If you just downloaded For Honor for free on Steam, you may be wonder what the For Honor rating system is or what is does. No, it is not what reviews the game got. But, without spoiling it, let’s see what the For Honor rating system is and what it does.
For Honor Rating: What Is It?
The For Honor ranking system happens at the end of a match. It lets you rate that match on a scale of one to five stars.
For Honor Rating: What Does It Do?
It lets you… um… rate the match. Ubisoft hasn’t been too outspoken about what it exactly does. Some have theorized that it is a placebo for letting people vent their anger at bad match.
It is most likely for Ubisoft to gather data on its players as it has access to every possible datapoint you can think of. If the studio can cross reference enough points and figure out what the constants are between low-rated matches, it might be able to hone in on the issues might be.
Other Ubisoft games have allowed players to rate things. Assassin’s Creed IV: Black Flag, Assassin’s Creed Syndicate, Assassin’s Creed Rogue, and Assassin’s Creed Unity all asked players to rate each mission upon completion. Assassin’s Creed Origins shook that system but didn’t have many of the unpopular objective types like tailing suspects and mandatory stealth sections.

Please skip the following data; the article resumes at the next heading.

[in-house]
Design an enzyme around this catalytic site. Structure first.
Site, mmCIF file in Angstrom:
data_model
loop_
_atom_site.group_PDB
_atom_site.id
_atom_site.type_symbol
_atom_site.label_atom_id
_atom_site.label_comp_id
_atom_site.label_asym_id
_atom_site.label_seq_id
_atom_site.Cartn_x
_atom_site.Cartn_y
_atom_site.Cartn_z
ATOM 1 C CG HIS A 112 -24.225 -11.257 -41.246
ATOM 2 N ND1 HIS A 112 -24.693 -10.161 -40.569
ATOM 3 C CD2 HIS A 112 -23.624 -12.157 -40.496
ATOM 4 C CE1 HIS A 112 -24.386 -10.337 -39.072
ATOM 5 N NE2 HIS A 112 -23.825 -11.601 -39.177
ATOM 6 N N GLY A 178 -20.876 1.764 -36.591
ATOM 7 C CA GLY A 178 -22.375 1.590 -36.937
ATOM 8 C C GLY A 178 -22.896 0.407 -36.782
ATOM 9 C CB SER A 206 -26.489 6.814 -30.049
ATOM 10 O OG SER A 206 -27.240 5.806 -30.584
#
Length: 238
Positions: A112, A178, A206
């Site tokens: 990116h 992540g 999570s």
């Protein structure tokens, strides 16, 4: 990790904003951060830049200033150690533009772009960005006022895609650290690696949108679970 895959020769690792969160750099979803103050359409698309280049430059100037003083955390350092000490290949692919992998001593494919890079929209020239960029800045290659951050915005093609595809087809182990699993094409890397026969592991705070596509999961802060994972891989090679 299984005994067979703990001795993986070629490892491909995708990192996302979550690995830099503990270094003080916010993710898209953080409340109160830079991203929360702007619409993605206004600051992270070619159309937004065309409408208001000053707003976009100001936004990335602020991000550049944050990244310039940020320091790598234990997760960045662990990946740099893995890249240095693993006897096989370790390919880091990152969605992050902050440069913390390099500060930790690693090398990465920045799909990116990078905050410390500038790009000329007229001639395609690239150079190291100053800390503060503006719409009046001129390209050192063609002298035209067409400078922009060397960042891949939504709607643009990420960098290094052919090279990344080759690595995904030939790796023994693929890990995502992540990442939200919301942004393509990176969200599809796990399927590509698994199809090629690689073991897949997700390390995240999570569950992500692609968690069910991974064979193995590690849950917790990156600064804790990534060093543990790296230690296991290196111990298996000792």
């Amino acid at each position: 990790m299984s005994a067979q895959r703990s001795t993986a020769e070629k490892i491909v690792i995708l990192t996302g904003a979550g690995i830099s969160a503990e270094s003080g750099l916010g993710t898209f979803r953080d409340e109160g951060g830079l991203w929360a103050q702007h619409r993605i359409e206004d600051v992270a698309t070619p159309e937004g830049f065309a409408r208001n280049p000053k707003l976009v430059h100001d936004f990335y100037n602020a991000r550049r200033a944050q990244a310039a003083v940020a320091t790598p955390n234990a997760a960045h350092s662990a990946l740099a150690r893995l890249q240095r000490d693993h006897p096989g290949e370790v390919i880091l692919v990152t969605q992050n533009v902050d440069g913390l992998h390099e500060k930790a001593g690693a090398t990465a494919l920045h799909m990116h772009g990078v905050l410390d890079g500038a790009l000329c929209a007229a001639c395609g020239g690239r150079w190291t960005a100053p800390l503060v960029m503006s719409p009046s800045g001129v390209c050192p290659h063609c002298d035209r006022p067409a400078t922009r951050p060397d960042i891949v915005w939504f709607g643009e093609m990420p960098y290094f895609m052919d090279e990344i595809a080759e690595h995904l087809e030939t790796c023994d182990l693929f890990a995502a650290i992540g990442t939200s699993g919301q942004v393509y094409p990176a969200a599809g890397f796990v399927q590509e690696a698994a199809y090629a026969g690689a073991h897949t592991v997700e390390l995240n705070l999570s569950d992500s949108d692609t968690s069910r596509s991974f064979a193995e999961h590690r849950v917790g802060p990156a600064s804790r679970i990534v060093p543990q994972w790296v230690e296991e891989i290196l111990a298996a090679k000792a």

For Honor Rating: Match Making Rating
However, you may be thinking of the match making rating. While it’s an entirely different thing from match ratings, Ubisoft has come out and said that its match making rating is “an individual value assigned to each player” to “ensure a fair experience.” The studio said it “uses this value as a matchmaking parameter to match you with players of similar skill when you play PvP game modes.” Ubisoft claims that it uses a formula to create the MMR based on a few factors like performances and results. The match rating system might feed into that somehow.